No10 dismisses 'Plan C' and denies plans for ban on Christmas household mixing

21 October 2021, 17:45

The Government has batted away suggestions it has a back-up plan banning Christmas mixing
The Government has batted away suggestions it has a back-up plan banning Christmas mixing. Picture: Alamy

By Sophie Barnett

Downing Street has denied a ban on household mixing at Christmas is being considered as it batted away speculation of a 'Plan C'.

The Government has pushed back against reports suggesting it is looking at plans for a possible "Plan C" if the NHS comes under increasing pressure this winter.

It comes after the Health Secretary Sajid Javid warned cases could spiral to 100,000 per day, as he urged people to step forward and take their booster jabs when offered.

Asked about "Plan C", the Prime Minister's official spokesman said: "I've seen the reporting this morning about household mixing - it's important to stress that neither ministers nor officials are working on these proposals. That is not accurate."

Health minister Maggie Throup maintained there is "more to do in Plan A" - by encouraging more people to have their first vaccine or booster jab - before changing the approach.

Read more: Health Minister: 'Go ahead' and book Christmas parties but come forward for booster jab

Read more: Javid's jabs plea: Health Sec says 'get your booster' as he rules out Covid Plan B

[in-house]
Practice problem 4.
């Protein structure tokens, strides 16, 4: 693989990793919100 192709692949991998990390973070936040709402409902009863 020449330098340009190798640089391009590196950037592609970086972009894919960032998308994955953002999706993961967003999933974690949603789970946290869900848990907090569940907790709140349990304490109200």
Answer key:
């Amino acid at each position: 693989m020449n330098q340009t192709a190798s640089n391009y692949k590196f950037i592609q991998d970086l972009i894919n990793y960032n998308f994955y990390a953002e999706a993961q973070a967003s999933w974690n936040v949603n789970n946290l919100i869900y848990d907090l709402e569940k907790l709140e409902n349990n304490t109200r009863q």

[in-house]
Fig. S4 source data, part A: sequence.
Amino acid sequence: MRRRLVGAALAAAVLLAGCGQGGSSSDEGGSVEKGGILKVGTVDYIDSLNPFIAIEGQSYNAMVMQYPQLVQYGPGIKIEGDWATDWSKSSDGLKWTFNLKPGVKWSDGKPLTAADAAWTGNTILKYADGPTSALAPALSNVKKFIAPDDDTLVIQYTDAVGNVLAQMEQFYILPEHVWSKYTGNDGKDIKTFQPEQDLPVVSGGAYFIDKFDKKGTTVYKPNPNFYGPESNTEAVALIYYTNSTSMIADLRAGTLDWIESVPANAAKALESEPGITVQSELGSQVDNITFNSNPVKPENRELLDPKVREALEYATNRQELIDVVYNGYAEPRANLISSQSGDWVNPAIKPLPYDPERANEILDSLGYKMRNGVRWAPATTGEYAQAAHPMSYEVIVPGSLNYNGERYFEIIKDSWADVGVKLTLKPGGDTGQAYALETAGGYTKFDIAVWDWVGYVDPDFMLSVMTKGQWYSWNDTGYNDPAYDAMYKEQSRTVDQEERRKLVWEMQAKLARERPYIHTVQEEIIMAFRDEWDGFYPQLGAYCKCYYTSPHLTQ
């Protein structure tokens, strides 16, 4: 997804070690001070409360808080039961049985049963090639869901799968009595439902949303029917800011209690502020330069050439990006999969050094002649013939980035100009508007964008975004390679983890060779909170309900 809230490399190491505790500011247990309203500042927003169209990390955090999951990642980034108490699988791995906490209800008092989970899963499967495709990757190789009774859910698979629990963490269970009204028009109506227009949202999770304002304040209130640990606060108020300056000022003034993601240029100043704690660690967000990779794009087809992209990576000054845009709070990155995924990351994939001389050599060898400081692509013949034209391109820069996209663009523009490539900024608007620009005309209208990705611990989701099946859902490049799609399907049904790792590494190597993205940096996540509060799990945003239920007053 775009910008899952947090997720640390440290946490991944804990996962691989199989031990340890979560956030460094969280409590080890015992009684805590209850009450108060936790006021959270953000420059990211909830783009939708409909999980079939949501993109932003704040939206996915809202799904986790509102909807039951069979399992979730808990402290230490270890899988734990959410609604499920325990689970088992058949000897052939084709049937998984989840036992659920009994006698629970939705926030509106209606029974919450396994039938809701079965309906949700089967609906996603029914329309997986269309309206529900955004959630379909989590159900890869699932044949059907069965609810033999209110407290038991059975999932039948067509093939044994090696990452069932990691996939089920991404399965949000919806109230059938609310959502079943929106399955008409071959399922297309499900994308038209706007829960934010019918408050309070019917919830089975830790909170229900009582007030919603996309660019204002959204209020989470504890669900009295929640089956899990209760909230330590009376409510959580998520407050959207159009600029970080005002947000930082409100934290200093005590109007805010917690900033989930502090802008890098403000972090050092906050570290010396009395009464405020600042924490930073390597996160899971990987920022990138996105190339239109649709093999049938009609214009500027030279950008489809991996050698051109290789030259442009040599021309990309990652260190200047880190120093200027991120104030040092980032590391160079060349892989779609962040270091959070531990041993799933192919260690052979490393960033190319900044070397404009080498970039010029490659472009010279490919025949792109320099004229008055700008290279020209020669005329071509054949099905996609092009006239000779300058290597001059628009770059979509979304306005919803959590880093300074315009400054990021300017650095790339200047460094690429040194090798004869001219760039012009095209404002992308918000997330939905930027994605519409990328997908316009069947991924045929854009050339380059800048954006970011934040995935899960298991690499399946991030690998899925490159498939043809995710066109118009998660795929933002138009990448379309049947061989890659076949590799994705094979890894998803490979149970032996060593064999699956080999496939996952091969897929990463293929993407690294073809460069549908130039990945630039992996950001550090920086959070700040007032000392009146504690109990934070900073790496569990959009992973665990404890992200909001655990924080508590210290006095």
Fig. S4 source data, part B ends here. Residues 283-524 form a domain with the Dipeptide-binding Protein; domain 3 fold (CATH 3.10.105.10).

Plan B consists of contingency plans, which were prepared in the event that things once again took a turn for the worse.

The back-up plan would mean the return of certain restrictions such as lockdowns "as a last resort", legally mandating face coverings in certain settings, introducing vaccine passports and working from home.

Challenged by shadow health secretary Jon Ashworth in the Commons over the report, Ms Throup said: "He mentions Plan C. I saw that story earlier and I checked it out, and it's not a story that I know that has any foundation.

"We're always open to alternatives, that's quite rightly so. As a Government, it would be irresponsible of us not to be looking at every alternative.

"So I hope he's reassured that we're on Plan A and I encourage everybody to come forward for their booster jab, and those who haven't already had their jab should come forward. We want Plan A to be successful."

Earlier, Ms Throup said of Plan B: "None of us wish to implement these measures but they are clearly preferable to having to close businesses or enforcing further lockdowns.

"I recognise vaccine certification is of particular interest to my colleagues in this House and, as set out in our plan, we would seek to provide a vote in Parliament ahead of any regulations coming in."